Business Administration

MBA Redo: Reapplying to Business School After Being Rejected

MBA Redo: Reapplying to Business School After Being Rejected
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Nedda Gilbert profile
Nedda Gilbert October 19, 2018

If your top choice business school program did not accept you for admission, you probably feel upset — or, quite simply, rejected. It’s natural to feel this way, especially if you made a herculean effort to submit a strong application. If you were counting on an MBA to jumpstart your career and didn’t get into any of the schools to which you applied, you may feel as if your plans are now in question.

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But here’s some good news: you can get back on track. Try to see this as an opportunity rather than a devastating setback. Most business schools look kindly upon applicants who re-apply. Oftentimes, MBA hopefuls who don’t get in on their first round will learn from their mistakes, and will become winning candidates in their second attempt.

If you’re open to trying again, the odds are great that you’ll succeed. But you do have to reassess. What went wrong the first time? What can you do differently? To determine whether you should apply again, you’ll need to develop a solid strategy.

Here’s our advice for reapplying to business school.

  1. Get feedback. Not every admissions committee will be willing to retroactively explain what went wrong with your application, but it’s worth trying to obtain this information. Feedback will help you determine whether it’s even worth another shot, and will help you shape your next attempt to be more successful than the first.

  2. Assess and address your weaknesses. If you applied to business school with weak quantitative skills or a low GMAT score, you now have some time to take the test again, and an opportunity to improve your numbers. But maybe your test scores weren’t the problem; if your reasons for wanting an MBA were unclear or unpersuasive, that too could be a weakness and a reason you didn’t get in. A more thoughtful and detailed essay about why you need the degree will go a long way towards convincing admissions committees that you belong at their school. You may also need to tailor your essay to a school’s specific offerings. Being vague about why you are applying to a particular program can be an automatic ding.

  3. Apply as early as possible. We can’t say this enough: when it comes to business school admissions, earlier is better. You do need to self-assess, however. If you apply too early, you might be placed in an applicant pool full of superstars. Unless you have the credentials to match, this could hurt your chances. If you apply too late, on the other hand, you’ll be fighting other applicants for the few spots that are left. At the Wharton School, for example, the admissions committee advises applicants to avoid the last round because the odds of being admitted are so daunting. So for many applicants, Round 2 is just about right.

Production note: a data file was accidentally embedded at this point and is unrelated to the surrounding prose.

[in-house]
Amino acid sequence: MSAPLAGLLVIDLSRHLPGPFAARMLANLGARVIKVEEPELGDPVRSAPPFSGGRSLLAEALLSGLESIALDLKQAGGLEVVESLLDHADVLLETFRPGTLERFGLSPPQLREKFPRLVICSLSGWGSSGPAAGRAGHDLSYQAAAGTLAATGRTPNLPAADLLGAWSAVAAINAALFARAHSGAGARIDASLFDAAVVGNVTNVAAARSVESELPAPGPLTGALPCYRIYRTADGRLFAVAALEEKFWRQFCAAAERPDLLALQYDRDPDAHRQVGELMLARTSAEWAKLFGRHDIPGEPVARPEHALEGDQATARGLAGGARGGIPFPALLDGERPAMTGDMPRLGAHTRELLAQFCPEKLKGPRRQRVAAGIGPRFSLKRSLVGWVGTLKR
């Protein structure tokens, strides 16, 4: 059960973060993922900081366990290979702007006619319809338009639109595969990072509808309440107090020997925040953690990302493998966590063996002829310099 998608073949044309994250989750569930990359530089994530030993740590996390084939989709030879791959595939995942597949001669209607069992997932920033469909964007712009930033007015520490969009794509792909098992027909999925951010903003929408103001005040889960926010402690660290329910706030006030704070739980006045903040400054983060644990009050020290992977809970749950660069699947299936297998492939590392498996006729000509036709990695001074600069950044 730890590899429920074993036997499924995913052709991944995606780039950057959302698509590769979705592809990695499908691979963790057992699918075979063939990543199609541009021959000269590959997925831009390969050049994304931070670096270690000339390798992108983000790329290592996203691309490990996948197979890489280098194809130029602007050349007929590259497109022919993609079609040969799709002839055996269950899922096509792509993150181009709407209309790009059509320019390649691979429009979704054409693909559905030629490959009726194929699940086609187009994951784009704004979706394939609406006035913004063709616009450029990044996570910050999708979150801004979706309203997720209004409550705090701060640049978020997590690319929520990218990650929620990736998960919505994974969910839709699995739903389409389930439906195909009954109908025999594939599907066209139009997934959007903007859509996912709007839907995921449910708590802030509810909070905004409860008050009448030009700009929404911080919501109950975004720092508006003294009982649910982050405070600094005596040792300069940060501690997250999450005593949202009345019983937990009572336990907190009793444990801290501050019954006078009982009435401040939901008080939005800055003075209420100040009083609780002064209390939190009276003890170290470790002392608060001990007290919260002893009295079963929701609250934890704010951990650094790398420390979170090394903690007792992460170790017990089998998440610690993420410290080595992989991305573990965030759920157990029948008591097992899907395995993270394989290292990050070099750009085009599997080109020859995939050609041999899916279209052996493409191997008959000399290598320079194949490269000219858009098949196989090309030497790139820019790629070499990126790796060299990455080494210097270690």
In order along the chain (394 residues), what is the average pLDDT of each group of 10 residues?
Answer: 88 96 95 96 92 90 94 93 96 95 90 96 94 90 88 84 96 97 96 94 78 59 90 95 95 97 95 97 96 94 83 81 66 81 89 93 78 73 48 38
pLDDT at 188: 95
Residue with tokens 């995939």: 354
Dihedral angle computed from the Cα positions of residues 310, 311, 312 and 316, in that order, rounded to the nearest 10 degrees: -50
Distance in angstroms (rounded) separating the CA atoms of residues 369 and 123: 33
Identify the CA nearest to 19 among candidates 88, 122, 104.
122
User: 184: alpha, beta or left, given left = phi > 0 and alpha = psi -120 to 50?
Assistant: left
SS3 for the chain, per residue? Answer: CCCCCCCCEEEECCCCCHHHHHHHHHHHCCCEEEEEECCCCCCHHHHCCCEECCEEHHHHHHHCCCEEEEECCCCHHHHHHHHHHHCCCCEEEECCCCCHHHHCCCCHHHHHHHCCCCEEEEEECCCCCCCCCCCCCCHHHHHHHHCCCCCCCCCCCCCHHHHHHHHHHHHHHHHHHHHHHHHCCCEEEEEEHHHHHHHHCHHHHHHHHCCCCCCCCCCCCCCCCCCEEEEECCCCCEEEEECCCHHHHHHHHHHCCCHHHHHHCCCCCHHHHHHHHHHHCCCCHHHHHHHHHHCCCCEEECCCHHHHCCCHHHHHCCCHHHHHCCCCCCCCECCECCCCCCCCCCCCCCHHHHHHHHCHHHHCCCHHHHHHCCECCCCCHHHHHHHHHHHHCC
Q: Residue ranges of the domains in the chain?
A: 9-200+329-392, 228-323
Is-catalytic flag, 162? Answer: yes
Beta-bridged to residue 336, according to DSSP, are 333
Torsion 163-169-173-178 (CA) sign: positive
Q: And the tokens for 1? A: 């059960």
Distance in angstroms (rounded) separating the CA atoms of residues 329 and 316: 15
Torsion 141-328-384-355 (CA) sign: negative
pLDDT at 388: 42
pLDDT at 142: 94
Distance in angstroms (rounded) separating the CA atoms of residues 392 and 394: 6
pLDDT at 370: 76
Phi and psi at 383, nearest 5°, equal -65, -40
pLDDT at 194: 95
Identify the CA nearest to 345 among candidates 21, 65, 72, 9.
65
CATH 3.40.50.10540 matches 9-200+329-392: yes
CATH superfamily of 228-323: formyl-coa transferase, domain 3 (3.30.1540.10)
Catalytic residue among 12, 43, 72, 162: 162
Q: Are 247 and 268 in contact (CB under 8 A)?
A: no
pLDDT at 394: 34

4. Apply to different schools. If you didn’t get into your top choice school, it’s possible that it was never really right for you. Think about those programs where you may be a better fit, or where you are more likely to be accepted based on their application criteria.

  5. If reapplying to the same program, emphasize the newer, better you. If you intend to re-apply to a program that previously rejected you, it’s important to update them on your progress. Tell them what’s different this time around. What have you accomplished since you last applied? How have you matured and grown?

The Bottom Line

If at first you don’t succeed, try again. The process of applying to business school is time-consuming and requires self-awareness. A well-thought out plan with strategies for changing things up will go a long way towards earning admission.

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About the Author

Ms. Nedda Gilbert is a seasoned clinical social worker, author, and educational consultant with 25 years of experience helping college-bound and graduate students find their ideal schools. She is a prolific author, including The Princeton Review Guide to the Best Business Schools and Essays that Made a Difference. Ms. Gilbert has been a guest writer for Forbes and a sought-after keynote speaker on college admissions. Previously, she played a crucial role at the Princeton Review Test Preparation Company and was Chairman of the Board of Graduate Philadelphia. Ms. Gilbert holds degrees from the University of Pennsylvania and Columbia University and is a certified interdisciplinary collaborative family law professional in New Jersey.

About the Editor

Tom Meltzer spent over 20 years writing and teaching for The Princeton Review, where he was lead author of the company's popular guide to colleges, before joining Noodle.

To learn more about our editorial standards, you can click here.


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